The Washington Post reports that the Iranian women's soccer team has been disqualified just before a crucial qualifying match for the 2012 London Olympics because of the Islamic headscarves they wear while playing. FIFA officials concluded that the scarves the players use to cover their hair break the association's dress code. In Iran, all women are obliged to cover their hair, neck, arms and legs. Female athletes who compete internationally have to obey the country's dress code.
"This ruling means that women soccer in Iran is over," said Shahrzad Mozafar, the team's former head coach. She said that as a result of FIFA's decision, the Iranian government will no longer send the team abroad for competitions.
In April 2010, FIFA announced that it was planning to ban headscarves and other religious attire during the 2012 Olympics. In response, Iran's team designed special headscarves that players wrapped tightly around their heads and necks. The team said they were in line with guidelines set by the football association.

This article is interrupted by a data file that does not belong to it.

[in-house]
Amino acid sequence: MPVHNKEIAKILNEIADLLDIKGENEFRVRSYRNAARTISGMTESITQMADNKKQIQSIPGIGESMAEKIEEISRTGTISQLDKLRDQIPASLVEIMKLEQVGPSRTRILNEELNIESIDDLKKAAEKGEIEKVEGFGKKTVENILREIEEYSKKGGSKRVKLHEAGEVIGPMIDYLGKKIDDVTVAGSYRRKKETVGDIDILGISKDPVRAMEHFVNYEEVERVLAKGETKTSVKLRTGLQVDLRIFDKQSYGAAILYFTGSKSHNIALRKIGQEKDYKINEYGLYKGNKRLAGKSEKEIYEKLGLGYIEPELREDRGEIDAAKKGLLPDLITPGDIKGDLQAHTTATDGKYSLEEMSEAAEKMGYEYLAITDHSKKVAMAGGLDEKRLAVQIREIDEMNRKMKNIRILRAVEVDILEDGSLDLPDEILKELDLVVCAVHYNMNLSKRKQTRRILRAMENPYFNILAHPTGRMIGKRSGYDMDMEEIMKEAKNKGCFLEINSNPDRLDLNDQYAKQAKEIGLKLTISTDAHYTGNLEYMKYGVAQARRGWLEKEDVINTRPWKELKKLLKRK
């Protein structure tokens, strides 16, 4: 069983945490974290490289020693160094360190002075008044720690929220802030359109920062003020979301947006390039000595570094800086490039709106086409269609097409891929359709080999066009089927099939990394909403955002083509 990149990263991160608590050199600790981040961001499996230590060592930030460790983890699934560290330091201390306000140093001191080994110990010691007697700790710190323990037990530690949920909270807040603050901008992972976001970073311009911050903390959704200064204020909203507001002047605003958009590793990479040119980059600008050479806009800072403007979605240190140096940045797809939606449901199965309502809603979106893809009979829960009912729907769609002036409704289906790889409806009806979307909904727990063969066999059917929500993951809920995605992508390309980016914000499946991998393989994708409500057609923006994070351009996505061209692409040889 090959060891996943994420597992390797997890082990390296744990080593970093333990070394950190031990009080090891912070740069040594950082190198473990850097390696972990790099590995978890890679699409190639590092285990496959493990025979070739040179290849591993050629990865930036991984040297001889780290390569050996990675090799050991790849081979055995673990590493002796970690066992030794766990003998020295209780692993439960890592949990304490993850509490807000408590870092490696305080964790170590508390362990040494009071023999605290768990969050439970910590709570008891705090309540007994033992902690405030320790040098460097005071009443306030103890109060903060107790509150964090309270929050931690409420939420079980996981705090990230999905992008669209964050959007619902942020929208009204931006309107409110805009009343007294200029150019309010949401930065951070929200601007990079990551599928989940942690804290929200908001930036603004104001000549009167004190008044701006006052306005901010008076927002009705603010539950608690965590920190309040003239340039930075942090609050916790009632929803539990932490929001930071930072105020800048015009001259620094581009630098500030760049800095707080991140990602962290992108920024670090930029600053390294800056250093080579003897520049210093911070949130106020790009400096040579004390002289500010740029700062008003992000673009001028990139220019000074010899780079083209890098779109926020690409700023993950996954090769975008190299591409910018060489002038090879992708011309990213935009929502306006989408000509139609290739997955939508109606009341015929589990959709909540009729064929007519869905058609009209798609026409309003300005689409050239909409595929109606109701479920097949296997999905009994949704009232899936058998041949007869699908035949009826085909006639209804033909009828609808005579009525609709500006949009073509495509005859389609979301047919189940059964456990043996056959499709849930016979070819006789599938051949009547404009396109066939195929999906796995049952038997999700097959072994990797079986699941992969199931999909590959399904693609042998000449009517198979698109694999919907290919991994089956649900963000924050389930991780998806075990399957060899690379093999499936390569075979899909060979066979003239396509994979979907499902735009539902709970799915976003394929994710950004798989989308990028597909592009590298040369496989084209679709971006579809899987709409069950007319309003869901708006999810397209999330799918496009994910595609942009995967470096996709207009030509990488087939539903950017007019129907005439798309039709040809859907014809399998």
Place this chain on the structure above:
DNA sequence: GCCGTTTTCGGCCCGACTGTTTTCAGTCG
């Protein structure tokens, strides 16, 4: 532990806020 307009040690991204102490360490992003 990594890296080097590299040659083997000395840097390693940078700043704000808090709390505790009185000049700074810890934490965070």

Iranian officials disagreed, saying that the players were "informed thoroughly" before Friday's match against Jordan that the headscarf covering a woman's neck is banned for safety reasons, an unidentified FIFA official said.
We're no soccer safety experts, but we have to wonder how these simple scarves could present such a threat to the athletes that a compromise, redesign, exception, or other work-around couldn't be arranged to accommodate them. After all, we're talking about FIFA rules, not an ancient religious text here. While there may be legitimate concerns about physical harm that the scarves could cause, it's hard to understand how they can be allowed to outweigh the damage caused by a decision that's guaranteed to kill the ambitions of these already oppressed female athletes.
Read more at the Washington Post.